The pound has plummeted to under 1.15 against the euro and 1.3 versus the dollar, the cheapest for years. So finding the money transfer is more essential than ever before. But this article is not about holiday money. It’s about people who should send small sums regularly, and those making large one-off transfers, such as purchasing a holiday property. It reveals that some providers are ideal for large sums, but pricey for smaller transfers – and it tells you to protect yourself from PayPal, which came out particularly poorly within our price survey.
Consumers should first cut through any nonsense about “no fees” or “no commission”. Your key question ought to be: “After each of the charges, how many euros/yen/dollars etc will I get for X pounds?” To accomplish this, check how much you happen to be offered from the mid-market “interbank rate”, the pace used when banks trade between an additional. You can check the live interbank rate on XE.com.
Secondly, you will be reasonably certian that the deal offered by your high street bank will be pretty lousy, unless you happen to be “premier” type customer transferring large sums.
James Daley of Fairer Finance says: “Almost all major banks charge lots of money for transferring money overseas, and present a bad exchange rate to boot. Fortunately that numerous alternatives provide you much better value.”
Our third golden rule is the fact, if transferring a sizeable sum into a foreign account, first send a small sum and appearance it really has been received, just as much to ensure you have sent it off to the right account as other things. Only then should you send the complete amount.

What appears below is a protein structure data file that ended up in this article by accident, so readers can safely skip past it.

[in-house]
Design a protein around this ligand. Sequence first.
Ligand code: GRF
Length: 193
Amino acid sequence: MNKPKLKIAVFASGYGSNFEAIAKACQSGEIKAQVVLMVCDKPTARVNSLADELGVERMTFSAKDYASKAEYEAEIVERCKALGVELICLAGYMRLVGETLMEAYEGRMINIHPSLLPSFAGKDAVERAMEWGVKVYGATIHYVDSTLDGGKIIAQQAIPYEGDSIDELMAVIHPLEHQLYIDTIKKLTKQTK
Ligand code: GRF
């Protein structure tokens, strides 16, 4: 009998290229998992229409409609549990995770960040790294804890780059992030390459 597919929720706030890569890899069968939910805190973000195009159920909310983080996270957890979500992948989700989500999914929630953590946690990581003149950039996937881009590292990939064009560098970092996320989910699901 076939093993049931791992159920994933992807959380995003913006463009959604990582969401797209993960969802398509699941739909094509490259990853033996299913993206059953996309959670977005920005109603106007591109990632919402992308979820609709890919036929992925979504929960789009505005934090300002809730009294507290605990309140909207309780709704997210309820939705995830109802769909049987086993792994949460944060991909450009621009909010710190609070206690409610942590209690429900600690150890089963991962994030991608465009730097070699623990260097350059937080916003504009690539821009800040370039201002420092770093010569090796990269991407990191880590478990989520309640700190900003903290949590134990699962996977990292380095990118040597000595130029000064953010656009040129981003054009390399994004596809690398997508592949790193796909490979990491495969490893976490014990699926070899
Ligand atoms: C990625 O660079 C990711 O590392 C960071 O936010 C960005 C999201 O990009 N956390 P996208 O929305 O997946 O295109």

Almost all major banks charge big money for transferring money overseas, and offer a poor exchange rate to boot
James Daley, Fairer Finance
Finally, remember there is relatively limited protection should things go wrong. The currency brokers could be “authorised” from the Financial Conduct Authority (FCA) or simply “registered”. Authorised firms need to keep clients’ money outside of the company’s own funds. If your firm is simply registered using the FCA there’s a risk all of the money is with the same pot and could be lost when the company went bust.
“Even when a firm is FCA authorised, it’s essential to realize that there is absolutely no defense against the Financial Services Compensation Scheme with this sector,” says Daley. “So if your firm goes bust because of a fraud, there’s still an opportunity that you won’t get a refund. However, the hazards if you’re by using a big brand are fairly small.”
During 2010, Crown Forex, based in Hayle, Cornwall, went bust, leaving 3,000 people owed £20m. It used new customers’ cash to settle existing clients, as well as fund the purchase of an extravagance home. Three people active in the scam have been jailed.
We obtained quotes for moving £200, £2,000 and £150,000 into euros and dollars. We conducted the test on 29 July once the pound was fetching €1.19 and $1.32 respectively, but sadly it provides since fallen further.
Perfect for small sums When transferring £200 we found UKForex perfect for euros and TransferWise great for dollars. UKForex is FCA authorised as opposed to registered, which is a subsidiary of the Australian group, OFX. TransferWise is really a peer-to-peer service (see below), headquartered in London and run by Estonians. Investors in the commercial include Richard Branson.
Worst with this bracket were MoneyGram and NatWest, which will go to show the reasons you shouldn’t automatically use famous names. For £200, NatWest gives us only $229.31, compared with $260.94 from TransferWise.